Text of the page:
Long before I dreamed of owning chickens, I trained as a nurse practitioner, studying sociology, anthropology, psychology, and biology. Learning about interpersonal relationships, culture, language, and societal roles in the melting pot of Los Angeles opened my eyes to the world. At the age of 20, I had no idea that my skills in understanding cultures and my respect for those who are different from me would come in handy in a chicken coop on Cape Cod.

Scientists use many tools and methods to research flock dynamics, including vocalization playbacks, video recordings, 3D animation, wireless backpack microphones worn by chickens as they interact, and even robotic chickens! I don’t have any of these sophisticated research tools, but with an open mind and an open heart, I have come to many of the same conclusions as the scientists simply by spending time with my flock and paying close attention to them. And I might have an advantage over the scientists in knowing my hens so well — I believe they have made me an honorary flock member.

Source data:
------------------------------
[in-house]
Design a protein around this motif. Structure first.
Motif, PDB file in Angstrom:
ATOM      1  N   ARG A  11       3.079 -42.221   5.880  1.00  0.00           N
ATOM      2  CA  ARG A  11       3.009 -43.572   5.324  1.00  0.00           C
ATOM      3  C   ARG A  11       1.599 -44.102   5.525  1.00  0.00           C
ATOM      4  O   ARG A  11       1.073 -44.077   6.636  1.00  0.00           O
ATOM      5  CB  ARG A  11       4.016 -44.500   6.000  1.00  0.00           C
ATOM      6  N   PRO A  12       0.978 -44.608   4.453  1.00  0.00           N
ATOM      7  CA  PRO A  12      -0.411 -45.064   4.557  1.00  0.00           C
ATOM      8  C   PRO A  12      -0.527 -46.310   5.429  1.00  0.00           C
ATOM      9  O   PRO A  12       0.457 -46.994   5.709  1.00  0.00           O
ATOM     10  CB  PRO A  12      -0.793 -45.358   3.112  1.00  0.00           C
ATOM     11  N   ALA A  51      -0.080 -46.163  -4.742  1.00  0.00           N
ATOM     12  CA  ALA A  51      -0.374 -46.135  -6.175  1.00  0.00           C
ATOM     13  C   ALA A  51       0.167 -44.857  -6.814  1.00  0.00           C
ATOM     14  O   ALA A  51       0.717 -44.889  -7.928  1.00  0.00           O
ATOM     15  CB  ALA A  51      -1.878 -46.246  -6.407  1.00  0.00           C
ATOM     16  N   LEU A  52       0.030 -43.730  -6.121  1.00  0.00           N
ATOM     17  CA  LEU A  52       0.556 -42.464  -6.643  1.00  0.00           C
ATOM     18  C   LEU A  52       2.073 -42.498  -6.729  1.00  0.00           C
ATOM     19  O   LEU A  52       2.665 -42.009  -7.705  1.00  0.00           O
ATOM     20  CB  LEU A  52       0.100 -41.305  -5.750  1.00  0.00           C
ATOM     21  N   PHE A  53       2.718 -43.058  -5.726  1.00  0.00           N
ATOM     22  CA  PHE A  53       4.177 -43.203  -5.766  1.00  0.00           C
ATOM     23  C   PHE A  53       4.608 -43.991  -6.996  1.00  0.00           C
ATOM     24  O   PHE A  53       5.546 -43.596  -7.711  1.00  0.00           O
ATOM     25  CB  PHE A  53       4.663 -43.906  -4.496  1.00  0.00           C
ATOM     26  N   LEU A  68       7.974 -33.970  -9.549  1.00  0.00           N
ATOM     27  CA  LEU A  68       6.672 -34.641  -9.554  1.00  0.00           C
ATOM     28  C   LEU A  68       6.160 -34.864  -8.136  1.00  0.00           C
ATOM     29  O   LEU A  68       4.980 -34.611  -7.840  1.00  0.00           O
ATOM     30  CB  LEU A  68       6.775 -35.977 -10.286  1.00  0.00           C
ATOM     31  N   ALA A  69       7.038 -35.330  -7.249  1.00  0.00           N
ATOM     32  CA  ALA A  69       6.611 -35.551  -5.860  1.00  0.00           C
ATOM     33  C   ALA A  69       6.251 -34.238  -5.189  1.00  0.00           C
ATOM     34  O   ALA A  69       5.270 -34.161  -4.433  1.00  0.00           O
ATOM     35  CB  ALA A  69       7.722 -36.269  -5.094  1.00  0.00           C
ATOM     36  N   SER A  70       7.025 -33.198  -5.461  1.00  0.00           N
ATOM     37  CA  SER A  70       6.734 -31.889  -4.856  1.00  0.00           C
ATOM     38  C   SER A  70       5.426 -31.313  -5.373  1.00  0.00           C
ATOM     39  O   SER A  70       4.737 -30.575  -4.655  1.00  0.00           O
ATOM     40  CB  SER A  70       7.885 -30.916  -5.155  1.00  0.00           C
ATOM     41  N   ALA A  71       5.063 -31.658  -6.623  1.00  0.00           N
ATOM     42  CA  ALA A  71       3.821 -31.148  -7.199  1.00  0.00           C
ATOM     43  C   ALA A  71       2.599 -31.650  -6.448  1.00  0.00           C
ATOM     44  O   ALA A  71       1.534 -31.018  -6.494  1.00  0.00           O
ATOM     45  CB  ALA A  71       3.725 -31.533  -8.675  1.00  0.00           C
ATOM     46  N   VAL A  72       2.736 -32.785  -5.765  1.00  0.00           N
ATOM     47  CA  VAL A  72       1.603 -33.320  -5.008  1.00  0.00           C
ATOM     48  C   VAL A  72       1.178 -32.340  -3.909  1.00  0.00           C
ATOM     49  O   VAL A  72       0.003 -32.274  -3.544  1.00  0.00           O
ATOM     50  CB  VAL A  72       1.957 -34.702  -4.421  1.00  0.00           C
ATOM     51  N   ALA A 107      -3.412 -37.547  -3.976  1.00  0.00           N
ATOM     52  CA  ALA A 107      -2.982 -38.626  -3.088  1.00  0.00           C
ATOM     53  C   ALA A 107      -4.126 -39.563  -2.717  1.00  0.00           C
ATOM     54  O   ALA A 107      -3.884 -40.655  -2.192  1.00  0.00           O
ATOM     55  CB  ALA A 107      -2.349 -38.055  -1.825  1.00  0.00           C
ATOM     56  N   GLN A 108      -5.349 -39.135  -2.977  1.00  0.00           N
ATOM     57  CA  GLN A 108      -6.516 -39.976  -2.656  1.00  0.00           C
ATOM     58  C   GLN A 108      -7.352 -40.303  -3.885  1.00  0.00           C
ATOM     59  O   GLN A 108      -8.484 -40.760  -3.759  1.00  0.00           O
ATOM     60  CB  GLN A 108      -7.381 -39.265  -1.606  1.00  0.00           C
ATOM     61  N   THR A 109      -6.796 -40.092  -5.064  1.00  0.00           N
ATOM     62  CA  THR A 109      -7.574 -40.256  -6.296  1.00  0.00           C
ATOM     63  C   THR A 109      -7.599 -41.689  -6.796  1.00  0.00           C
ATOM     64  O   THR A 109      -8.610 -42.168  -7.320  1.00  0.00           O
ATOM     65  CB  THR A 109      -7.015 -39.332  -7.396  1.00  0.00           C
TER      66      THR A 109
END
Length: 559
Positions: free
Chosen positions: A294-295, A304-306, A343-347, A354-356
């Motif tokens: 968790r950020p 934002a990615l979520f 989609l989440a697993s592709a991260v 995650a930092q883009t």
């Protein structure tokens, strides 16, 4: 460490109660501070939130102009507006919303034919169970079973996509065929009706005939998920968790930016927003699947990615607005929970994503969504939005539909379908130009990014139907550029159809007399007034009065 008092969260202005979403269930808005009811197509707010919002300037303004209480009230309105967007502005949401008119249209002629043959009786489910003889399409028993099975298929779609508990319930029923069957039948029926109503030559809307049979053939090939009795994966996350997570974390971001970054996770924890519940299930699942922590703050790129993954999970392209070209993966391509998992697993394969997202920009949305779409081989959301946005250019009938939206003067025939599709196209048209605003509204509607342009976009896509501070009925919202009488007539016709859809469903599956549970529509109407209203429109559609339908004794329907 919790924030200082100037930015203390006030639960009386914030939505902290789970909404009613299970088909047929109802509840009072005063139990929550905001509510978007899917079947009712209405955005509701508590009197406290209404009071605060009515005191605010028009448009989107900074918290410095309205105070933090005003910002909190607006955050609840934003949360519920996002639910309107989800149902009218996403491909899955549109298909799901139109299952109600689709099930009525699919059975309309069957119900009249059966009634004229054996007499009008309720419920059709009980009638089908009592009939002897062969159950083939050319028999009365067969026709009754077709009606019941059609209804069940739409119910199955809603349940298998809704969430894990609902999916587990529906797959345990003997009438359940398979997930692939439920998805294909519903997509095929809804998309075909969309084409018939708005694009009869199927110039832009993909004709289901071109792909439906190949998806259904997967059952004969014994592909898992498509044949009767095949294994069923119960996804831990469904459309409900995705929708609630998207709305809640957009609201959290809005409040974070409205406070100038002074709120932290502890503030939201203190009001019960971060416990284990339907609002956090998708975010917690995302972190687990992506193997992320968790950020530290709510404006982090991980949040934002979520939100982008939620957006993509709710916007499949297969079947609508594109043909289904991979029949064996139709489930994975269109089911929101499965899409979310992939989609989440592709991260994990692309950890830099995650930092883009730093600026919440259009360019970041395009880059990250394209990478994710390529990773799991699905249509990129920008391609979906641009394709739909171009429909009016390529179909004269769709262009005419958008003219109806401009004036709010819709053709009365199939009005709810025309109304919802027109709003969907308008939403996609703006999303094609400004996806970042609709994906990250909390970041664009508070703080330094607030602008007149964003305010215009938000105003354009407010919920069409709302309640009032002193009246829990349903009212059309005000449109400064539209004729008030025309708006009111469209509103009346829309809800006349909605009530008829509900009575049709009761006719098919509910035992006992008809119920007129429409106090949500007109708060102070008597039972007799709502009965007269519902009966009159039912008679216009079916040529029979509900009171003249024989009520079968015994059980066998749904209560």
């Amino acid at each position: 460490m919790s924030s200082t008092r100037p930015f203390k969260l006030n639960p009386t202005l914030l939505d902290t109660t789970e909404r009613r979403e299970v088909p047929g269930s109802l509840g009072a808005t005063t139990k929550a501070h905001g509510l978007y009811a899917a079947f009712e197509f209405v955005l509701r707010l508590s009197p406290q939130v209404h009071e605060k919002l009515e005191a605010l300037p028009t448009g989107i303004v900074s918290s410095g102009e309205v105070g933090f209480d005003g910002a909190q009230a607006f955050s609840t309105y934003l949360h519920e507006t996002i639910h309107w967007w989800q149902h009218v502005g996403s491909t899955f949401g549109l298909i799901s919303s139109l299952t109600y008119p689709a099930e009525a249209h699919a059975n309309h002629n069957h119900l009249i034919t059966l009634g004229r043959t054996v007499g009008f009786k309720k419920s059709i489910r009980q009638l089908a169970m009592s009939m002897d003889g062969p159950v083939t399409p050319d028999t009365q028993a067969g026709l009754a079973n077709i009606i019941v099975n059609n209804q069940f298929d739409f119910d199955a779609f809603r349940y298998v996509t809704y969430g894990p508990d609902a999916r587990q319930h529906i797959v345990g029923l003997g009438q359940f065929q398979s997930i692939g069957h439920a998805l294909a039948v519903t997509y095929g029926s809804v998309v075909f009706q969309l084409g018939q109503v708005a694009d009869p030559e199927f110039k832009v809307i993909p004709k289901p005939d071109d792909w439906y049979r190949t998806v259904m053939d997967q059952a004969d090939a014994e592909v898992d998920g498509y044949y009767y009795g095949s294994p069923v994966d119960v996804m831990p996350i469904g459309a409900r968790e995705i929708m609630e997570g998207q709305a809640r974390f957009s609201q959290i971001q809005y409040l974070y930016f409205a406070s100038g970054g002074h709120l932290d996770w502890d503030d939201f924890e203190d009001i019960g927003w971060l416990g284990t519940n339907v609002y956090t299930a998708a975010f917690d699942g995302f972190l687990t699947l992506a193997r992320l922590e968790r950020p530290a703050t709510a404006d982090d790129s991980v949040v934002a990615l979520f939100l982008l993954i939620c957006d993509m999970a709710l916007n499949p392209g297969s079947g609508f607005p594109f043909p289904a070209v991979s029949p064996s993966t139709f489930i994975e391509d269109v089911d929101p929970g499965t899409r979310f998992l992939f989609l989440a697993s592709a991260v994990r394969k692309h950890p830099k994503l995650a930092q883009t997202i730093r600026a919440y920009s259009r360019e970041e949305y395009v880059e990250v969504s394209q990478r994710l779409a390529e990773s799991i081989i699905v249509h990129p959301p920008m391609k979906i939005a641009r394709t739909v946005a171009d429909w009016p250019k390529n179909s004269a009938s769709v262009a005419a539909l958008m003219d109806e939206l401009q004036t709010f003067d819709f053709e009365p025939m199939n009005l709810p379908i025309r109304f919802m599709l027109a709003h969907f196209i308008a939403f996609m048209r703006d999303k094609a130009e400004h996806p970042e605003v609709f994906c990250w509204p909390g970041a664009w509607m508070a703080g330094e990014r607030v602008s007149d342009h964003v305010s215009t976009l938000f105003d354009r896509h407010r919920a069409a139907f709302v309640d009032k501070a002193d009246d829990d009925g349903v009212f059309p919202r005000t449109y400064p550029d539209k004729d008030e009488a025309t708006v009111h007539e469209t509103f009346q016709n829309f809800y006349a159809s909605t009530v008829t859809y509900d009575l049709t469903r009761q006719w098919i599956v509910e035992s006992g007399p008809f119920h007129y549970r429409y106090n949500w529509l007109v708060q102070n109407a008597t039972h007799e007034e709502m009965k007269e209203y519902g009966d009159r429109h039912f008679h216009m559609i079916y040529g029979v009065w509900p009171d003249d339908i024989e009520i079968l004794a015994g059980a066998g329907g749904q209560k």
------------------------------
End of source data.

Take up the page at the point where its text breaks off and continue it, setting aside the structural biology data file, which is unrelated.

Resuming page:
This book is a culmination of my experiences in keeping chickens, which have allowed me to gain insight into their communication, body language, intelligence, social interactions, emotions, and problem-solving abilities. I am here to tell you that they are clearly not birdbrains, and I invite you on a journey to explore how their minds, bodies, and emotions work. Their world is pretty amazing!